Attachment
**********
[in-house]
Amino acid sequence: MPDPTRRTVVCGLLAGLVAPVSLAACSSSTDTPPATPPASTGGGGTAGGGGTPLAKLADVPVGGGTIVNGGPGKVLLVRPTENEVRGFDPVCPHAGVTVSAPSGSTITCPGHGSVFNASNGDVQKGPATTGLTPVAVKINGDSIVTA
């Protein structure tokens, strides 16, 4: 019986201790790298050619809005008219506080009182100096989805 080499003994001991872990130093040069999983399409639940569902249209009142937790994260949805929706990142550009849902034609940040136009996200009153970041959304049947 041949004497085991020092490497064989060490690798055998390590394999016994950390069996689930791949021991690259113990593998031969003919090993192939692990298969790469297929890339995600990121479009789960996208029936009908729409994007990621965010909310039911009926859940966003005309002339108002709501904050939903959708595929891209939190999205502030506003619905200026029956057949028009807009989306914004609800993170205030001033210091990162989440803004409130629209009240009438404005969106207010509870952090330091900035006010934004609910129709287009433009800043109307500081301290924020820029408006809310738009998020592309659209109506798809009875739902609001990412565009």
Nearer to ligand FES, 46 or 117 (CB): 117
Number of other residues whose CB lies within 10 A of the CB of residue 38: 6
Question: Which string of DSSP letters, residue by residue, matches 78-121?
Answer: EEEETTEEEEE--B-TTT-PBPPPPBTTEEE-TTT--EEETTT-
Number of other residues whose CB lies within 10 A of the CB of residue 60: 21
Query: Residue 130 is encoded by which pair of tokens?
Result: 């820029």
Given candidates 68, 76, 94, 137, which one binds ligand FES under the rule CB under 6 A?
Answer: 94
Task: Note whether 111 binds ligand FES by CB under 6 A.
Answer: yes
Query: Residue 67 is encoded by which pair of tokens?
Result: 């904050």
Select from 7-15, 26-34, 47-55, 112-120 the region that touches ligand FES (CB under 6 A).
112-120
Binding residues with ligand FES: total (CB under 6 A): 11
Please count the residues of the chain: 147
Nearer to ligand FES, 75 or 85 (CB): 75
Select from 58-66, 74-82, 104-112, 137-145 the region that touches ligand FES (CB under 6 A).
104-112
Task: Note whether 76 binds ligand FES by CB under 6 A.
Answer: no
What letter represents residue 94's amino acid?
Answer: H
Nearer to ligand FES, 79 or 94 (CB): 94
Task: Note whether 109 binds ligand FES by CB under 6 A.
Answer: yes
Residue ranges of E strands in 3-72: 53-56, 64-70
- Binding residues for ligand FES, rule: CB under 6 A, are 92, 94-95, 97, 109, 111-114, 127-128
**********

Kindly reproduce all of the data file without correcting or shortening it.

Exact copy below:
[in-house]
Amino acid sequence: MPDPTRRTVVCGLLAGLVAPVSLAACSSSTDTPPATPPASTGGGGTAGGGGTPLAKLADVPVGGGTIVNGGPGKVLLVRPTENEVRGFDPVCPHAGVTVSAPSGSTITCPGHGSVFNASNGDVQKGPATTGLTPVAVKINGDSIVTA
């Protein structure tokens, strides 16, 4: 019986201790790298050619809005008219506080009182100096989805 080499003994001991872990130093040069999983399409639940569902249209009142937790994260949805929706990142550009849902034609940040136009996200009153970041959304049947 041949004497085991020092490497064989060490690798055998390590394999016994950390069996689930791949021991690259113990593998031969003919090993192939692990298969790469297929890339995600990121479009789960996208029936009908729409994007990621965010909310039911009926859940966003005309002339108002709501904050939903959708595929891209939190999205502030506003619905200026029956057949028009807009989306914004609800993170205030001033210091990162989440803004409130629209009240009438404005969106207010509870952090330091900035006010934004609910129709287009433009800043109307500081301290924020820029408006809310738009998020592309659209109506798809009875739902609001990412565009």
Nearer to ligand FES, 46 or 117 (CB): 117
Number of other residues whose CB lies within 10 A of the CB of residue 38: 6
Question: Which string of DSSP letters, residue by residue, matches 78-121?
Answer: EEEETTEEEEE--B-TTT-PBPPPPBTTEEE-TTT--EEETTT-
Number of other residues whose CB lies within 10 A of the CB of residue 60: 21
Query: Residue 130 is encoded by which pair of tokens?
Result: 């820029």
Given candidates 68, 76, 94, 137, which one binds ligand FES under the rule CB under 6 A?
Answer: 94
Task: Note whether 111 binds ligand FES by CB under 6 A.
Answer: yes
Query: Residue 67 is encoded by which pair of tokens?
Result: 């904050």
Select from 7-15, 26-34, 47-55, 112-120 the region that touches ligand FES (CB under 6 A).
112-120
Binding residues with ligand FES: total (CB under 6 A): 11
Please count the residues of the chain: 147
Nearer to ligand FES, 75 or 85 (CB): 75
Select from 58-66, 74-82, 104-112, 137-145 the region that touches ligand FES (CB under 6 A).
104-112
Task: Note whether 76 binds ligand FES by CB under 6 A.
Answer: no
What letter represents residue 94's amino acid?
Answer: H
Nearer to ligand FES, 79 or 94 (CB): 94
Task: Note whether 109 binds ligand FES by CB under 6 A.
Answer: yes
Residue ranges of E strands in 3-72: 53-56, 64-70
- Binding residues for ligand FES, rule: CB under 6 A, are 92, 94-95, 97, 109, 111-114, 127-128